Good poker players will tell you, at least I am pretty sure they will tell you, that no matter if your cards are good, bad, or somewhere in between, that a smart player will respond and react to the betting action in a consistent manner. If you call or raise a bet too quickly or eagerly, that might be a 'tell' that you are holding some great cards and can't wait to get more money into the pot. Similarly, waiting and belaboring a decision to call a bet could signal a comparatively weak hand, and embolden your opponents.
So the smart play is to find and maintain a consistent rhythm or cadence to your reactions and decisions, good cards or bad, and eliminate at least one source of intelligence for the other players. Don't get too twitchy, don;t wait too long to move, and you maintain some control of both your emotions as well as the table.
I suppose the same argument could be made in dating where guys have, for pretty much forever, had to figure out how quickly to call after an initial meeting and exchange of phone numbers, or a positive first date. Call too soon then you come off too eager and possibly creepy. Wait too long to call back and you might send off a 'I'm not really interested' vibe that inadvertently could short-circuit the relationship from the beginning. So it's a tough call (no pun intended), figuring out the proper 'wait' interval for the call so that you don't screw it up or send the wrong message.
This kind of 'How long do I wait to react?' dilemma pops up in all kinds of workplace situations as well - in when to speak up in meetings, following up after a job interview, and particularly one that stands out for me, the 'How long do I wait to respond to this email?' conundrum.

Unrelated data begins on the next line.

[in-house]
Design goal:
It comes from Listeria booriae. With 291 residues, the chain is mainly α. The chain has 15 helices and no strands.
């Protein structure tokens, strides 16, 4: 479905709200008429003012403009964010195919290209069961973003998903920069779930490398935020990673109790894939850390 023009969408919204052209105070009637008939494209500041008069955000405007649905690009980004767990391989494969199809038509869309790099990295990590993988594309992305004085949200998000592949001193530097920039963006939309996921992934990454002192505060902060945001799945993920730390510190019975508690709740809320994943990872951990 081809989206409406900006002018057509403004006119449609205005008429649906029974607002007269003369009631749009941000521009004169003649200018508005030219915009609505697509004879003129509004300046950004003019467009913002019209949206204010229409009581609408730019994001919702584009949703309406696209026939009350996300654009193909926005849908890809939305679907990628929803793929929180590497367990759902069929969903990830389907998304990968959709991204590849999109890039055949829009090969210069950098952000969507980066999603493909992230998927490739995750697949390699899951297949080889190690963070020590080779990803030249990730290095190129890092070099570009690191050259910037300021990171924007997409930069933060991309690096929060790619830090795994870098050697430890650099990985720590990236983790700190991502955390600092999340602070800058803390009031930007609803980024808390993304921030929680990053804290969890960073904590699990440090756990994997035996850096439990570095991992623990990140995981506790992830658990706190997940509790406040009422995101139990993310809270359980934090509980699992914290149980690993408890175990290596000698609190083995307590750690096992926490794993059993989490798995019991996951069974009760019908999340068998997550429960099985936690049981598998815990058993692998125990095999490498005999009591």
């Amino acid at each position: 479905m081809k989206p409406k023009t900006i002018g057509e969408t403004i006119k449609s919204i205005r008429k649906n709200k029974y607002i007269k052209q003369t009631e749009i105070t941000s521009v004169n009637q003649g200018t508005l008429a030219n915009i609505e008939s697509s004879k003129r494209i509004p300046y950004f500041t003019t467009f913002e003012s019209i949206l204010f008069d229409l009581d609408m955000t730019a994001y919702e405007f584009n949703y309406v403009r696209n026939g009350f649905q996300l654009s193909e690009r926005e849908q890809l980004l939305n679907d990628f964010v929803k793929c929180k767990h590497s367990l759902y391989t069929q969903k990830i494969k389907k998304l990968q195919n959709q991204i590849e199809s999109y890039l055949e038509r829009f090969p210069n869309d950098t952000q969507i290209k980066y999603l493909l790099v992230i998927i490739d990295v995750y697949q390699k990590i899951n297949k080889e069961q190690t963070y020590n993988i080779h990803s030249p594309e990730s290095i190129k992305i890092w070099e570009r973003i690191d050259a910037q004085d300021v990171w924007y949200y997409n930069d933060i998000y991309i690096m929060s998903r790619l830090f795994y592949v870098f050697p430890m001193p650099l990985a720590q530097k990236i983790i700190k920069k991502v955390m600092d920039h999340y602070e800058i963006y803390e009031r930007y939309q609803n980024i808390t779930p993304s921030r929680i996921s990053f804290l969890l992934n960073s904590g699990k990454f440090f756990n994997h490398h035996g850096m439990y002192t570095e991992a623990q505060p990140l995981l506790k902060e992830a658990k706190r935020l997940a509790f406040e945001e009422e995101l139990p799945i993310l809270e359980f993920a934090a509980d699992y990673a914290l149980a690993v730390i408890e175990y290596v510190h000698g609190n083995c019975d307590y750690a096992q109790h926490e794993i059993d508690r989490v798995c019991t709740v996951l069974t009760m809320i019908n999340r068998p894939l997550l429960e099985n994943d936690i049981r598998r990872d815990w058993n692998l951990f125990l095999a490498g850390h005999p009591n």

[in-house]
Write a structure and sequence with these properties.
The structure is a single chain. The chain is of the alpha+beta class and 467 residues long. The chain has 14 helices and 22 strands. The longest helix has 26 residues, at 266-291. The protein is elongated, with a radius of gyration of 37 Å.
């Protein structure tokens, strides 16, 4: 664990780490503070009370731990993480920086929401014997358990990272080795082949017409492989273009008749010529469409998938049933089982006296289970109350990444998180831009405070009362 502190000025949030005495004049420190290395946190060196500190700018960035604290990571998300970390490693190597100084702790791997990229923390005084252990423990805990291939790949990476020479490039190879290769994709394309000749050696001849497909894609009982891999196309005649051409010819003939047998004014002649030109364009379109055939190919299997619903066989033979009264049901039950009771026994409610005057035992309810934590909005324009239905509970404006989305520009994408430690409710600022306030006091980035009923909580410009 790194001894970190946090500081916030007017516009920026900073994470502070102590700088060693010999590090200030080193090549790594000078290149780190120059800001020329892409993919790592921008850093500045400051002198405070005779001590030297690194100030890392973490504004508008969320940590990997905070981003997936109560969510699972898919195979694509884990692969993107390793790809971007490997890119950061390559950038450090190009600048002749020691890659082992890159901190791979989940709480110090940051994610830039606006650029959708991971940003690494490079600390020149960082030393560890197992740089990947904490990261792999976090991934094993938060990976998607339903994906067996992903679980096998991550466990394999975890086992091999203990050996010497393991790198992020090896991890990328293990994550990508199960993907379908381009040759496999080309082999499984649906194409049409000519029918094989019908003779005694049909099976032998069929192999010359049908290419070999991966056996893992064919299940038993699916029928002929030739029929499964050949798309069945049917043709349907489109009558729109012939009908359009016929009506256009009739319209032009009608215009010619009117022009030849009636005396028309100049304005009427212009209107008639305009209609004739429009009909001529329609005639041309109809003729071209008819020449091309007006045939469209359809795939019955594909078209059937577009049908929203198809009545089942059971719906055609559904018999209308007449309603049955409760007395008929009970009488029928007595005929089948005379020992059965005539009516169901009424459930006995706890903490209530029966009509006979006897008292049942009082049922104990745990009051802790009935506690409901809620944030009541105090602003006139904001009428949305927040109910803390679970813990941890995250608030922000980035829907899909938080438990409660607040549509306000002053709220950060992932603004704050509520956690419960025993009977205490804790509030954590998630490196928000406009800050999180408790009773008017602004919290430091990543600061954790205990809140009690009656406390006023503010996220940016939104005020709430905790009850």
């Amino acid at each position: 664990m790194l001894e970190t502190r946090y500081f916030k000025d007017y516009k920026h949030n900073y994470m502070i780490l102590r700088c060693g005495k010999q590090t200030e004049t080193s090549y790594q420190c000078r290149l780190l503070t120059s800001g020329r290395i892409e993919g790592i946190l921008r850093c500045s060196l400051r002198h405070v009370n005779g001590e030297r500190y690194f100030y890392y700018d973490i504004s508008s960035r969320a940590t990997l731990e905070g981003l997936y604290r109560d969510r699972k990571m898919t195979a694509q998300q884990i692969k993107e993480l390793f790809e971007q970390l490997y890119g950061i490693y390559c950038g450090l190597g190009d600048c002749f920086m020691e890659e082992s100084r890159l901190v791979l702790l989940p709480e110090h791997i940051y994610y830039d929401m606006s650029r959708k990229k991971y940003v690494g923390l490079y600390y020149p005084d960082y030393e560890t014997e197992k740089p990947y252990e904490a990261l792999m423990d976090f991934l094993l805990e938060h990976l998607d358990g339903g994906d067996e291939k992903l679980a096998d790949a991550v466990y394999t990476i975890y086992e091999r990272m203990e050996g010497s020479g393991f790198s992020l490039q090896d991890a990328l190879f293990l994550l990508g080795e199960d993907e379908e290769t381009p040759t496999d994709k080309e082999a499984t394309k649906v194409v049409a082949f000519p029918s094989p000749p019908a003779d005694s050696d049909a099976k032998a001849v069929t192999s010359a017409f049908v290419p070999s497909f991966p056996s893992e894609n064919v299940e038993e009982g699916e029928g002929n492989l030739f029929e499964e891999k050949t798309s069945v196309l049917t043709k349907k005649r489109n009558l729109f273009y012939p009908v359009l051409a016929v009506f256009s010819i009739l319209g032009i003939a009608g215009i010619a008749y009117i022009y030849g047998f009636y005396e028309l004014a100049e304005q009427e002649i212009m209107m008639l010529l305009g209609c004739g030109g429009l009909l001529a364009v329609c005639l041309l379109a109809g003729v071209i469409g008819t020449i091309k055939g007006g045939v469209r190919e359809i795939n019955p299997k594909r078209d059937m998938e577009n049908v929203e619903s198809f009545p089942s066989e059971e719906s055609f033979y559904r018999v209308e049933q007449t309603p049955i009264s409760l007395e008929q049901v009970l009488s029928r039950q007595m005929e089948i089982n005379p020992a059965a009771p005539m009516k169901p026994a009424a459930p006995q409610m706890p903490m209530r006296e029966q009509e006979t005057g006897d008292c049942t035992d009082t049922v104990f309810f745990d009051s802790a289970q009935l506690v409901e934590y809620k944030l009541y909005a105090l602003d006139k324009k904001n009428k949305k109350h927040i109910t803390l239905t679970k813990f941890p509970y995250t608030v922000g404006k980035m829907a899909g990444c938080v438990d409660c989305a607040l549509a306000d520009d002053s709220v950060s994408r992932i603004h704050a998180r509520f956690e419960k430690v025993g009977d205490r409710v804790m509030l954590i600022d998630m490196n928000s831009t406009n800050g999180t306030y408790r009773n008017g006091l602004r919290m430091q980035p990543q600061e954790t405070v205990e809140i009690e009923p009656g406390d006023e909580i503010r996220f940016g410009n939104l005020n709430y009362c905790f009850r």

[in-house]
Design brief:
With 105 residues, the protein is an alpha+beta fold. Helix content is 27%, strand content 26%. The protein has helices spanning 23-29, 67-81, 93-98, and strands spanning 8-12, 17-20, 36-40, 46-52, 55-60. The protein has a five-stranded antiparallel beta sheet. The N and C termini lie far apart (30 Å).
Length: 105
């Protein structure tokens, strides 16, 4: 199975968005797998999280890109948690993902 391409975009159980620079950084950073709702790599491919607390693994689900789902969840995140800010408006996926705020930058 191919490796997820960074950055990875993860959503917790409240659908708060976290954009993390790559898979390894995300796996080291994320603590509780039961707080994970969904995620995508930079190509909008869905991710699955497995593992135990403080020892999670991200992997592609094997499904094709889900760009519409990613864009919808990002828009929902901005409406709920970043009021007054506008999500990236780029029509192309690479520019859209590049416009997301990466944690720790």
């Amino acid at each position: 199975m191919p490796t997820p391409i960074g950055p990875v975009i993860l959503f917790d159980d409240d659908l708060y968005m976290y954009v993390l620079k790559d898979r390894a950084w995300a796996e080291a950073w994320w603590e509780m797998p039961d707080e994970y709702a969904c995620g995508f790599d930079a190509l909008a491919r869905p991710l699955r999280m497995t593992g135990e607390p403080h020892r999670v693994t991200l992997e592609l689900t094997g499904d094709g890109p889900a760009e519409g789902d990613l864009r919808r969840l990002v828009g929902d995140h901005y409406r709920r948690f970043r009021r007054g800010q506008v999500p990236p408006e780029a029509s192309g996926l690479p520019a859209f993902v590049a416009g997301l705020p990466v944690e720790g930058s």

Here's the scenario I want you to consider. You send an important'ish email to a colleague - maybe your boss or a sales or job prospect, not one of your direct reports, the idea being the person you emailed does not have any kind of 'expected response time' commitment to your emails. But you are eager for a response nonetheless. Then this person sits on your email for a bit. Maybe a day, maybe two, maybe even a week. Again, they don't really 'owe' you a reply in any specific timeframe, but they 'should' get back to you at some point. So a few days pass, let's say about six, then you finally get a reply back to the email that for which you've been eagerly waiting.
And now the moment of truth, like the poker player having to decide how long to wait before pushing in your chips, you have to determine when to reply to the reply, to the message that you waiting six long days to receive. If you immediately hit back, say within a half hour of getting the message you are sending out a couple of signals that you may not really want to send. First, you come off as a little bit desperate or at least over eager. You waited six days to get a response and you're firing back in almost real-time. You may just be excited, but you also could appear weak. And second, and maybe this is just a hangup I have, you set yourself up as someone who is constantly, perhaps obsessively, monitoring your Inbox. Most productivity folks recommend checking and responding to emails a couple, maybe three times a day. Getting an immediate reply back tells me you never stop looking at your email.
So what is the 'right' or best way to mange this situation?
Unless the subject matter is really urgent, or has some kind of hard deadline associated with it, I think you have to wait at least half as long to reply back than it took for you to get your original reply. So in our example if it took six days to hear back from your emailer, then you should be able to hold out for a couple, even three days to respond back. Waiting, at least a little, sends a couple of more positive messages. It shows you have other things going on besides waiting for that email. It shows that you took some time to actually think about your reply. And finally, it sort of but not quite evens the power dynamic between you and your correspondent.
So if you want to play the power game at the poker table of in your Inbox, take a little time before you re-raise and before you reply. You don't want to show what you're holding but acting too fast.
And to everyone waiting for an email reply back from me, I promise they are coming soon...